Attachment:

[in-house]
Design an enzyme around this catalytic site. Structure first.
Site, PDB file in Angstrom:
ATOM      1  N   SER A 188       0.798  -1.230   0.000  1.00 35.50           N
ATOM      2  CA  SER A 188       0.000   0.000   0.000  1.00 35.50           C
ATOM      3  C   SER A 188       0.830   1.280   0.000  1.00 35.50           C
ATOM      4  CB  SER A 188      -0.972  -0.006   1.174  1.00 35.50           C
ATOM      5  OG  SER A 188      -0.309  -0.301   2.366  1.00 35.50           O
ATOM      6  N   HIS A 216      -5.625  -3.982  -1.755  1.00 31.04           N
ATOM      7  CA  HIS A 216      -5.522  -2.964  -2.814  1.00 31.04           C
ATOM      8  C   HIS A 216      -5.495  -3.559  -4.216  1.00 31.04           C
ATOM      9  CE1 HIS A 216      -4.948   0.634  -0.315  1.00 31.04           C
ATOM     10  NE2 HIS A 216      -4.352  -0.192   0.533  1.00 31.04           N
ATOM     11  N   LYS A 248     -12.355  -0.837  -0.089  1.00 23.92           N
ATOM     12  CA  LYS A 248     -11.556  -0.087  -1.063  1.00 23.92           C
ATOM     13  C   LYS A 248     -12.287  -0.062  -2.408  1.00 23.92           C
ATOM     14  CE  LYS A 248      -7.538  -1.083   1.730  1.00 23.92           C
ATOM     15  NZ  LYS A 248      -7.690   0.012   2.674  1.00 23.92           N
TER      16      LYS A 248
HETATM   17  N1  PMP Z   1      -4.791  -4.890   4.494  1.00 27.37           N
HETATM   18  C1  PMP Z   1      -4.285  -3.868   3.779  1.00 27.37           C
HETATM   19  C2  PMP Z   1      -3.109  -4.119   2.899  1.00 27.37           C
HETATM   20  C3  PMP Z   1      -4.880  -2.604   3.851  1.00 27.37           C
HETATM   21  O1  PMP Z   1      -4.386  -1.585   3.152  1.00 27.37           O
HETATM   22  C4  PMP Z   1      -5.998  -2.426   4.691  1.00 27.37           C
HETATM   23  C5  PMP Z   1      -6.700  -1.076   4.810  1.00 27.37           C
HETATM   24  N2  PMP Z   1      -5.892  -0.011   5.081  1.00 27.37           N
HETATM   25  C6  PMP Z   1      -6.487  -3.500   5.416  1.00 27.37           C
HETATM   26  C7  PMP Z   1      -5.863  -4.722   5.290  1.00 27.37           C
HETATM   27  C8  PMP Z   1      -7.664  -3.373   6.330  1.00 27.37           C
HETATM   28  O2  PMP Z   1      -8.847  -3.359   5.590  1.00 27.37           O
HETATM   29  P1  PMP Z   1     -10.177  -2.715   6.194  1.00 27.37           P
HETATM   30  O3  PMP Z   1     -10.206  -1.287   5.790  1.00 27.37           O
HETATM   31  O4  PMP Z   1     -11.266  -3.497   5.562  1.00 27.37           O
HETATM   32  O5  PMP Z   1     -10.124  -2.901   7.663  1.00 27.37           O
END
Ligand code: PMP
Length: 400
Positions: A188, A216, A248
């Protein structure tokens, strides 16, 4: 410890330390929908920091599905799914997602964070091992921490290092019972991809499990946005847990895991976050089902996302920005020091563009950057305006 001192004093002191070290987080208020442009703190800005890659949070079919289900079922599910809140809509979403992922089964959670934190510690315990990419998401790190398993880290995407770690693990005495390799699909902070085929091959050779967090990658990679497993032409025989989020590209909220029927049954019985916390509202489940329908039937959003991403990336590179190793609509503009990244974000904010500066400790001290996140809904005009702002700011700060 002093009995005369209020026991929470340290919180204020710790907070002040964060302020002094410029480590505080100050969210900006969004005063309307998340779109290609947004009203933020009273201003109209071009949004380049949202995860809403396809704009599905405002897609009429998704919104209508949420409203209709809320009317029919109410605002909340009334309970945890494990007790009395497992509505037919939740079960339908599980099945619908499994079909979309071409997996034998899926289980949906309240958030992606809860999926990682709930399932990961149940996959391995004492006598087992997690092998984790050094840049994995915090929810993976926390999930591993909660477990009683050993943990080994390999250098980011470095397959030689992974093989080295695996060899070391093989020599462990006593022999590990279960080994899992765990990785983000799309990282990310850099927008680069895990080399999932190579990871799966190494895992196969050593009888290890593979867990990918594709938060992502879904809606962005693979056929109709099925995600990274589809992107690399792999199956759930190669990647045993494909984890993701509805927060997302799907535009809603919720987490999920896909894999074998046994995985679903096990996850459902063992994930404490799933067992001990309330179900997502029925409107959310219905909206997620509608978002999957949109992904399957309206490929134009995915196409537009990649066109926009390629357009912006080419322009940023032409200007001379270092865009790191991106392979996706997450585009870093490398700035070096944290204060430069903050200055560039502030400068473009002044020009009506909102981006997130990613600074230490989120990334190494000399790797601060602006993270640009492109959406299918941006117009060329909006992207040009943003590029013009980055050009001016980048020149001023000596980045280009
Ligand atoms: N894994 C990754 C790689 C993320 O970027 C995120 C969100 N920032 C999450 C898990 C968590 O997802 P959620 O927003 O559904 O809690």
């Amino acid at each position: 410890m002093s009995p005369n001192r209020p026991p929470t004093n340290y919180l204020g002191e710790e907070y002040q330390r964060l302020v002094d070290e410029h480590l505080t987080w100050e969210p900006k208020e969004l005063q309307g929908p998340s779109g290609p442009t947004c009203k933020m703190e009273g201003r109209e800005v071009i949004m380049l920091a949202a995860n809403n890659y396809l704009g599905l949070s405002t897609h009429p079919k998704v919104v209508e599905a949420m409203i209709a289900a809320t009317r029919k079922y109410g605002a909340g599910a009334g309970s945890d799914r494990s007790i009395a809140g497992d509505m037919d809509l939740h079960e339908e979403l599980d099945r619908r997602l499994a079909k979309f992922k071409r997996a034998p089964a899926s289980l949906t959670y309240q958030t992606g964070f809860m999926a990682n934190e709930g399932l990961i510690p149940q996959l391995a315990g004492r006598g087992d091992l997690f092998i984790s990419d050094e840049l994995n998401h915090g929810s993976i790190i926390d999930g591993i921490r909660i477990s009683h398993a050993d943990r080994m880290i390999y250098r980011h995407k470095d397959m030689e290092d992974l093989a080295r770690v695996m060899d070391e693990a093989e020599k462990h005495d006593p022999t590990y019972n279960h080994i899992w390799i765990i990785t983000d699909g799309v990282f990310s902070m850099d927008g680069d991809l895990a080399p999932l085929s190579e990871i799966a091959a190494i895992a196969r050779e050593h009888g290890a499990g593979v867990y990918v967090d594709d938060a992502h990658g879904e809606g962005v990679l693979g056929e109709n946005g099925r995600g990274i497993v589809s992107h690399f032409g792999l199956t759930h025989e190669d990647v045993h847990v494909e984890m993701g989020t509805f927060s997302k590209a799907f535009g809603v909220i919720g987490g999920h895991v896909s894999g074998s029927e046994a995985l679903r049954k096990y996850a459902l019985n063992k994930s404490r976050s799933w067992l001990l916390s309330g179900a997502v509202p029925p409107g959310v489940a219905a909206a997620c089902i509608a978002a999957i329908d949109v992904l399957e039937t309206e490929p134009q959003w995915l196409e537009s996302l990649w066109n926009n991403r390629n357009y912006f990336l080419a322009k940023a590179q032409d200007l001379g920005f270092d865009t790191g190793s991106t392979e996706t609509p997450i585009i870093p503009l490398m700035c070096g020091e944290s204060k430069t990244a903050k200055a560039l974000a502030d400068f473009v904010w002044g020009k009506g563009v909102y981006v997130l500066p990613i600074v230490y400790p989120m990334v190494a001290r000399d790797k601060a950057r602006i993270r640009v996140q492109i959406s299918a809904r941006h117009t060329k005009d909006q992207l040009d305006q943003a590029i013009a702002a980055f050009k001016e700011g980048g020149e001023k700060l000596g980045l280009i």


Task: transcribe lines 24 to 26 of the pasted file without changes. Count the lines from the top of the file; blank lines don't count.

HETATM   21  O1  PMP Z   1      -4.386  -1.585   3.152  1.00 27.37           O
HETATM   22  C4  PMP Z   1      -5.998  -2.426   4.691  1.00 27.37           C
HETATM   23  C5  PMP Z   1      -6.700  -1.076   4.810  1.00 27.37           C